Pakistan’s government targets a 6% economic growth
Pakistan agreed to a $6 billion loan programme in July 2019 after receiving more than 20 IMF bailouts during the previous five decades.
According to a Pakistani expert, the economy is on target to develop at a rate of 5% this year, allowing Pakistan to leave the International Monetary Fund (IMF) in September.
Shaukat Tarin, the finance minister, who has played a key role in the country’s economic reforms, anticipates GDP to expand by 6% in the coming fiscal year, which begins in July.
We will not require IMF help if we attain a sustained growth rate of 6%. “I don’t think we need another IMF programme after the current extended fund facility (EFF) ends in September,” Tarin told media in a special discussion.
Pakistan finalized a $6 billion debt arrangement with the IMF in July 2019, after getting more than 20 IMF bailouts over the previous five decades.
Over the next two weeks, the IMF will conduct a seventh evaluation of Pakistan’s economy, which will begin today. After the eighth and ninth evaluations, the remaining $2 billion will be available by September, as we met the benchmarks in December,” Tarin added.
Pakistan has been experiencing a significant economic rebound since the summer of 2020, as a result of the EFF program’s maintenance of budgetary buffers before the outbreak of the Covid-19 epidemic. Pakistan’s GDP is expected to expand by 4% in 2020, according to the IMF.
The research warned that rising geopolitical tensions, Covid-19 flare-ups, and delayed structural reforms remain dangers to Pakistan’s economy.
We are certain of accomplishing this goal under Prime Minister Imran Khan’s leadership, and we will lessen our reliance on the IMF and other multinational currencies, according to the finance minister.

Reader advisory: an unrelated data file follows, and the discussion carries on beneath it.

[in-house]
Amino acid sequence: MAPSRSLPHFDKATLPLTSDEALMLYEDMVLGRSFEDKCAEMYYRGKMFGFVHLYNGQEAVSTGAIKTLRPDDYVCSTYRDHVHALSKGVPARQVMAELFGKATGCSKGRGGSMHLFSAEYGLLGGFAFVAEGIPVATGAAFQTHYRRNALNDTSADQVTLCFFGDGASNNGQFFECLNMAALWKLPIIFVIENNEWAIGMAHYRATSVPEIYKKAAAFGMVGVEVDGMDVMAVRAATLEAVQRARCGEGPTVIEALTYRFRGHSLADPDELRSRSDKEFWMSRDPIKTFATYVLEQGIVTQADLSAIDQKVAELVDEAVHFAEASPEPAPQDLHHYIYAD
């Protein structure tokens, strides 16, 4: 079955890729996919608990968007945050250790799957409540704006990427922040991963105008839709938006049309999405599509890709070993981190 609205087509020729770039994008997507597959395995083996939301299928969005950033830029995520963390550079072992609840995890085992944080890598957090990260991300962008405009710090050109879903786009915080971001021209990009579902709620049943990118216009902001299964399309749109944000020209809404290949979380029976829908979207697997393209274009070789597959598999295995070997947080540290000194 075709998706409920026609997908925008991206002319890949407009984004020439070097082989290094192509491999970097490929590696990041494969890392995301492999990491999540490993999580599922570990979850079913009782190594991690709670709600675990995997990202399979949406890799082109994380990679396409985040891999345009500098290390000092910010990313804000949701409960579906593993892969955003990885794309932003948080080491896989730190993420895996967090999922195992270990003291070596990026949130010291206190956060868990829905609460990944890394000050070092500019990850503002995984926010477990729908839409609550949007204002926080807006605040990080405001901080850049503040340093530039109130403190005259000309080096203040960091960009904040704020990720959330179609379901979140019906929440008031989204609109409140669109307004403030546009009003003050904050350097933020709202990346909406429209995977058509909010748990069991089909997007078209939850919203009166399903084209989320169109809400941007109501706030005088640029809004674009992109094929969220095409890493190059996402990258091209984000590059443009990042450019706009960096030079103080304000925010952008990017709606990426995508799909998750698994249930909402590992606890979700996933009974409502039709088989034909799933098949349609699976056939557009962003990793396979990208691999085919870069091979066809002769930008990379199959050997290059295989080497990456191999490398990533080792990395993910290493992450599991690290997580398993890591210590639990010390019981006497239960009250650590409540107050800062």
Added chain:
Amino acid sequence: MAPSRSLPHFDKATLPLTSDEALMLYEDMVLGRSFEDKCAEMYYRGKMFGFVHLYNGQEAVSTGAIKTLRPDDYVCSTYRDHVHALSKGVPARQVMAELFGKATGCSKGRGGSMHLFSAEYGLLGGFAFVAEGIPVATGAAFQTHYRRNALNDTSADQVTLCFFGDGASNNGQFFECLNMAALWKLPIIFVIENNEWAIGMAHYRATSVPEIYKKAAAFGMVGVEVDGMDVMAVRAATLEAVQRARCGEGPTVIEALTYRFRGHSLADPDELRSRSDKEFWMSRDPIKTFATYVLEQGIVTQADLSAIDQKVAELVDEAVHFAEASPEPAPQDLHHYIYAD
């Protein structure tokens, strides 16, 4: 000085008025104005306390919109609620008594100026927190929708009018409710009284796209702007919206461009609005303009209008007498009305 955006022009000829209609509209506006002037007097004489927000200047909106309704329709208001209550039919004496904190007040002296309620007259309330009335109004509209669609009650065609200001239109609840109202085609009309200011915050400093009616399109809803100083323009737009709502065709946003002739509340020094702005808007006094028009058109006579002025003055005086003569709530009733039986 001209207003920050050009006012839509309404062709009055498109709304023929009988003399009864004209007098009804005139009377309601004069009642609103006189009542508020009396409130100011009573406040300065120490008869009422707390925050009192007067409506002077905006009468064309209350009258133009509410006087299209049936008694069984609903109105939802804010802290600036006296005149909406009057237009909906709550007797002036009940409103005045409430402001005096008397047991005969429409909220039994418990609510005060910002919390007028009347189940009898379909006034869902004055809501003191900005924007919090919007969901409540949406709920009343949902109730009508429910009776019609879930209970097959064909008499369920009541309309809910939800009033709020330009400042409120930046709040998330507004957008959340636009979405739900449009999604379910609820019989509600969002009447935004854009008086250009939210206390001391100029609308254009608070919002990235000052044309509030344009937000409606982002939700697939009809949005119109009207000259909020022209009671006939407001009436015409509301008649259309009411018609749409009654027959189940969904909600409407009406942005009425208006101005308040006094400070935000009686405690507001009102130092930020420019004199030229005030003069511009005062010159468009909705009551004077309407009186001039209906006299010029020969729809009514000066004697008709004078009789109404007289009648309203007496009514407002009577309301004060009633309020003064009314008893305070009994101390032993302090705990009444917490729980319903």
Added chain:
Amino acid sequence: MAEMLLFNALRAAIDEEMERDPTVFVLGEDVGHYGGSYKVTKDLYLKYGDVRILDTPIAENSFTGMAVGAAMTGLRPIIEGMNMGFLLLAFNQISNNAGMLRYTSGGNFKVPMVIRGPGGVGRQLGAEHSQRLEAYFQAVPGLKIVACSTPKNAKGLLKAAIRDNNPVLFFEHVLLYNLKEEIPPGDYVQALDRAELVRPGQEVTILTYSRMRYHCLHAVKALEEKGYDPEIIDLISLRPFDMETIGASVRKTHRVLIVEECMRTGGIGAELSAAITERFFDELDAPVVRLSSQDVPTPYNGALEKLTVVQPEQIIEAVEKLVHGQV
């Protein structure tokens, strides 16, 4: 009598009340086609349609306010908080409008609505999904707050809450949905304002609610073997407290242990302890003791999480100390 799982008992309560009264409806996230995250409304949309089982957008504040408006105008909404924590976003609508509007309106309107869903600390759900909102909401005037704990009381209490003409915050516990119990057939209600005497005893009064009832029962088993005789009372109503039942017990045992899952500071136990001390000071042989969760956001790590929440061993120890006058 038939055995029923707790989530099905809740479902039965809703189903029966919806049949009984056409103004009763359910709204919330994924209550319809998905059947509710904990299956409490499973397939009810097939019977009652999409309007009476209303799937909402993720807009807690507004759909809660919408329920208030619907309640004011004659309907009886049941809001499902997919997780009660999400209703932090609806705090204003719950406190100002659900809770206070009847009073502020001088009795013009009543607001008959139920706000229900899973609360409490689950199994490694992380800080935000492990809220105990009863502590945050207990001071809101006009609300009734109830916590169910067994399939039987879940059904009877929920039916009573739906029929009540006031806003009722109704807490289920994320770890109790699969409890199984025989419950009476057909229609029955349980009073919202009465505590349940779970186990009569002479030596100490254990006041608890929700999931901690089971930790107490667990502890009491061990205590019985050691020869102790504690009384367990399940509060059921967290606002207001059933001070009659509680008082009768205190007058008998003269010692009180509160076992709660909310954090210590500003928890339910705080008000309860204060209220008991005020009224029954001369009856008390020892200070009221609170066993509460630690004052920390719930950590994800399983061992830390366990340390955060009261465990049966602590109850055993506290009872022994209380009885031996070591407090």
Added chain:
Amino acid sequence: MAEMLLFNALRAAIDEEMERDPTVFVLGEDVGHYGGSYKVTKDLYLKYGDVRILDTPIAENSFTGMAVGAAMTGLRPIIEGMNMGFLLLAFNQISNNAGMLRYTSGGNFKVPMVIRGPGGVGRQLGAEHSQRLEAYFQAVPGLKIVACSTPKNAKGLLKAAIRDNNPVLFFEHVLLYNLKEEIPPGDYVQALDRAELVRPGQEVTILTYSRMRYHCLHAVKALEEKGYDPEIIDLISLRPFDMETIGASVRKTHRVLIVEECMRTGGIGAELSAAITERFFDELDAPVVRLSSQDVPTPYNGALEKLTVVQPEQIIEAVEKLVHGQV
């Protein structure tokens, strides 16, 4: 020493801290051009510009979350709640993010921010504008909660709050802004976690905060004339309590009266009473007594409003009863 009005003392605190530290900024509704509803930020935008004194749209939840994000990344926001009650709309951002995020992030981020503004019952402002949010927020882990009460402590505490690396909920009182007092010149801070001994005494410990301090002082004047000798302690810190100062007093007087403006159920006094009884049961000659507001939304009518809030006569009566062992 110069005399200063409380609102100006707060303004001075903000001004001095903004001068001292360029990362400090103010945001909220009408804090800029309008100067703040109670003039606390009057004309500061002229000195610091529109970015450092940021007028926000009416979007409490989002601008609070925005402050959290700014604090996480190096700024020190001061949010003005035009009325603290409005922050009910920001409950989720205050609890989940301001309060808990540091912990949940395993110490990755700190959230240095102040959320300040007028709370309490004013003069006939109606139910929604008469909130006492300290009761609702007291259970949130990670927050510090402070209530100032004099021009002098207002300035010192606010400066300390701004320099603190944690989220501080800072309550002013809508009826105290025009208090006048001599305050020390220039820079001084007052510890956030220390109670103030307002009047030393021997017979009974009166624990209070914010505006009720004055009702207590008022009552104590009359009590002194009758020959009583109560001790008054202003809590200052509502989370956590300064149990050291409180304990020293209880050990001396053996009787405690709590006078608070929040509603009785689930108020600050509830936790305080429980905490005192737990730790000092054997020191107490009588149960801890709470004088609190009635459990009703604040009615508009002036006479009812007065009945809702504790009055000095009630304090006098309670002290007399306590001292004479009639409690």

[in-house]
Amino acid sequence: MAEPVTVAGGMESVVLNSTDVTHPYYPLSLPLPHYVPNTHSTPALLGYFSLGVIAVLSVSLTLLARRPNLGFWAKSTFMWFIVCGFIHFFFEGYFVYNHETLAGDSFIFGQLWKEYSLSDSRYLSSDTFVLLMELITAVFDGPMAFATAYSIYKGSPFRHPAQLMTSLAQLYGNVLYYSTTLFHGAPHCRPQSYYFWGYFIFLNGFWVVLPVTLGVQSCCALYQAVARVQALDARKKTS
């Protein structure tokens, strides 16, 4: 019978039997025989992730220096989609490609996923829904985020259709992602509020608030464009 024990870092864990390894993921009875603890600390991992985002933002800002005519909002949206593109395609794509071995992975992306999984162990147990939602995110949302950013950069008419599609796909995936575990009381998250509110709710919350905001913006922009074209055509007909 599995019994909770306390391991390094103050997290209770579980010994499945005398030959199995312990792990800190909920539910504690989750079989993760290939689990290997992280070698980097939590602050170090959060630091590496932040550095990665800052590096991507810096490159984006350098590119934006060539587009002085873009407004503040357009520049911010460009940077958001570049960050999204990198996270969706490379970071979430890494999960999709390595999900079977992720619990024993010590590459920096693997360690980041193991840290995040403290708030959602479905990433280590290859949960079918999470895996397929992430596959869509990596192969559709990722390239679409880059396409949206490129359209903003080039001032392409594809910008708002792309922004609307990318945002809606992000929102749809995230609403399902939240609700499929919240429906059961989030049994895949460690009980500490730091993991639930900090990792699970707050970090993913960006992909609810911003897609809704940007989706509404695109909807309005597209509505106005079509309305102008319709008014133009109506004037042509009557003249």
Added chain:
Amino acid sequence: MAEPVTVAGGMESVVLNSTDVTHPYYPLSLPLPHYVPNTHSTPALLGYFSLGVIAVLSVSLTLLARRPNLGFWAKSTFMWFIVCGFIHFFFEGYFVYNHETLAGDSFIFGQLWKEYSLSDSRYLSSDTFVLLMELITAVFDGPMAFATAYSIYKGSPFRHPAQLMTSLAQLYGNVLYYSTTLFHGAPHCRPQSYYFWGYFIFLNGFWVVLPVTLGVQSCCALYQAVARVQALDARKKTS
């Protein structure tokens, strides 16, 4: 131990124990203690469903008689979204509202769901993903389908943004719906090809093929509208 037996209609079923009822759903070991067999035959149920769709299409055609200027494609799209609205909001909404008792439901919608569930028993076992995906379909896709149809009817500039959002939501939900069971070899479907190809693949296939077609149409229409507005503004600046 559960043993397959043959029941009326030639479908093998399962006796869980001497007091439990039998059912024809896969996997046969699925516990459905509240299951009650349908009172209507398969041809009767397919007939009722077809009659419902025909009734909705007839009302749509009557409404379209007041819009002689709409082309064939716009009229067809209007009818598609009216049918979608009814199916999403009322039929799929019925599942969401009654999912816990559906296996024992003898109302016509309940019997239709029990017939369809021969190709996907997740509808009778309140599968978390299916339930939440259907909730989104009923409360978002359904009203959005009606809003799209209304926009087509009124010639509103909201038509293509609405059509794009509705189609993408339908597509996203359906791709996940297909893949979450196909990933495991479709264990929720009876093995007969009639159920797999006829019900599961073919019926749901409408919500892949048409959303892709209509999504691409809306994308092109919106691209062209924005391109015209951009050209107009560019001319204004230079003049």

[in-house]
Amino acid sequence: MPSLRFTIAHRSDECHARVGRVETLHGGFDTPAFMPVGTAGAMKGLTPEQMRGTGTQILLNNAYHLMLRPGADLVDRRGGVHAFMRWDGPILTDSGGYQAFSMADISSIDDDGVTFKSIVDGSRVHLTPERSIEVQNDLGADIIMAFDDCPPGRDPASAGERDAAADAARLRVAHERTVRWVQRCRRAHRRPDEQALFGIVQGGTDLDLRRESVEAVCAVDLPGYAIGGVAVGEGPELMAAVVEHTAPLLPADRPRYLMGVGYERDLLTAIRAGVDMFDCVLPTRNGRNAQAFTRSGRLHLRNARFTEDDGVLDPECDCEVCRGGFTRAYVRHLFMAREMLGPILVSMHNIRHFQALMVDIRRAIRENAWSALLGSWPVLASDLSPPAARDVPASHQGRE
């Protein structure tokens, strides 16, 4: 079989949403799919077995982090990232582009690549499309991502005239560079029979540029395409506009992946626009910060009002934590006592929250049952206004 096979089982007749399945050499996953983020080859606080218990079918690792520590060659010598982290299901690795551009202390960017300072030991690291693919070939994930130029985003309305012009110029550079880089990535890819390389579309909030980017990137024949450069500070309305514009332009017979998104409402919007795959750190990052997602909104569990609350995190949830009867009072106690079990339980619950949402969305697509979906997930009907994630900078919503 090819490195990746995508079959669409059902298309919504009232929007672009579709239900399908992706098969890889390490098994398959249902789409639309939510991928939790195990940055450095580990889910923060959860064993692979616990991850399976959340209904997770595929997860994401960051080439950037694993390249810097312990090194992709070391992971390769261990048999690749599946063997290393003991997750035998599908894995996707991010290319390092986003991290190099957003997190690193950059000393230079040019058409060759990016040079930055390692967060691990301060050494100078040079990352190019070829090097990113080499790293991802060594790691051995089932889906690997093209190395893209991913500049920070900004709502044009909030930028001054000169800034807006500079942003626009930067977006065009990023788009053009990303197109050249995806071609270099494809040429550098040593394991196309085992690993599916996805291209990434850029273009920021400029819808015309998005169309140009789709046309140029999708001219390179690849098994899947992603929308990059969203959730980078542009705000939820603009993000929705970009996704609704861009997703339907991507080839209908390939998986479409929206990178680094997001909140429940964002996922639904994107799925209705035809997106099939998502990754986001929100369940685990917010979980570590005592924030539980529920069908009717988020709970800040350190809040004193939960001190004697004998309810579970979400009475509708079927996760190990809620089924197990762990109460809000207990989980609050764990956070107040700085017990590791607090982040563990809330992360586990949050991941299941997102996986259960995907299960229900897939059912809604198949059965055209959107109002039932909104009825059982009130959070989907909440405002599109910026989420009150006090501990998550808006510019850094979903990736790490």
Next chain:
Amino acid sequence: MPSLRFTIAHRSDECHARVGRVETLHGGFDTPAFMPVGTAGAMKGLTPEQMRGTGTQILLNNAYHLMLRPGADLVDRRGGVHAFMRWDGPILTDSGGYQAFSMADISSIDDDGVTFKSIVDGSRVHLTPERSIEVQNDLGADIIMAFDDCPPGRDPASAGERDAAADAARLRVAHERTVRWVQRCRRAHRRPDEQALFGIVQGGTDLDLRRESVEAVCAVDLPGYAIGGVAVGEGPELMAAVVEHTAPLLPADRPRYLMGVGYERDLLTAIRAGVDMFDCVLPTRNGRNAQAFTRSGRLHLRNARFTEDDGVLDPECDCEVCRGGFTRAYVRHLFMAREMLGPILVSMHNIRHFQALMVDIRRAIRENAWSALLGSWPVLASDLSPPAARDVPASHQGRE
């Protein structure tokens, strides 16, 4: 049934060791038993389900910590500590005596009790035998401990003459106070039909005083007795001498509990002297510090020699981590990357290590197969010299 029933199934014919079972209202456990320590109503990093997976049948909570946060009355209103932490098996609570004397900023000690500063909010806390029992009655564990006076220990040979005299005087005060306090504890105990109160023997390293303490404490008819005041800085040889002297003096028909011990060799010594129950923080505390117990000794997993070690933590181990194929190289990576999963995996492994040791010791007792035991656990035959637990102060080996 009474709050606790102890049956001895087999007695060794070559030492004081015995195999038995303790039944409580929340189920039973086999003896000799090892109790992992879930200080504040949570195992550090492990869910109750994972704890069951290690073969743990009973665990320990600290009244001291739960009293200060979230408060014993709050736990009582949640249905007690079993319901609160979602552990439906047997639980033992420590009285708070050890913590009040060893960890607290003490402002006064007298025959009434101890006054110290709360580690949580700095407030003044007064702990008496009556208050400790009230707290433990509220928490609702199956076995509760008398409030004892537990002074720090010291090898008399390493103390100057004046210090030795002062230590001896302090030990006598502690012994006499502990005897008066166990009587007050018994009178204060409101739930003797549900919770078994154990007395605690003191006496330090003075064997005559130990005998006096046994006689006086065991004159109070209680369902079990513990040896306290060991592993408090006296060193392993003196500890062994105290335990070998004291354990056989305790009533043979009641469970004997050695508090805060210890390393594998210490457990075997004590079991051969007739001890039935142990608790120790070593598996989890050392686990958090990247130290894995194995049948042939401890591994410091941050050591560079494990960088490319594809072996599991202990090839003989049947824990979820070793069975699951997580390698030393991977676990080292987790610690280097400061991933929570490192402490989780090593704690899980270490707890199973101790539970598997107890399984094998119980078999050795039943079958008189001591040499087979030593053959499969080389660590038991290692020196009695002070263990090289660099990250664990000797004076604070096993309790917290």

Despite the global commodity price shock, he claims that the government’s economic measures have resurrected sick industries, improved agriculture, and increased exports. The country needs to boost its saving rate and increase income collection to retain its growth pace in the next years.
We are working hard to close the trade gap, in addition to raising savings rates and tax collections. “We will collect Rs6 trillion in the first year of the new tax cycle, and Rs8 trillion in the second year,” Tarin added.
Experts believe Pakistan’s savings rate should be increased to 25% from the existing 15%.aid. The tax-to-GDP ratio should also be increased from 10% to 20% to maintain stronger solid growth.
We predict traditional exports to reach $60 billion in the next five years, and IT exports to reach $50 billion. This would increase our annual exports to more than $100 billion. “The annual remittances of $30 billion will ensure a sustainable current account surplus,” he stated.
In the next ten years, up to 85 million jobs in China are likely to be shifted abroad. “China should relocate its important manufacturing operations to special economic zones in Pakistan, resulting in the transfer of at least 10 million employment,” he stated.
China’s finance minister responded to a query by saying that the country was expanding imports from Pakistan, which would enhance production and generate more job chances.
There is no doubt that Pakistan’s economy is on the rise, with agriculture, industries, and the services sector all functioning well. This supercycle, on the other hand, is placing downward pressure on prices and increasing anger and frustration.
We must be cautious not to let the anger flow onto the streets, and if we can maintain this pace for the next six to nine months, we will be fine for the next general election in 2023,” the finance minister stated.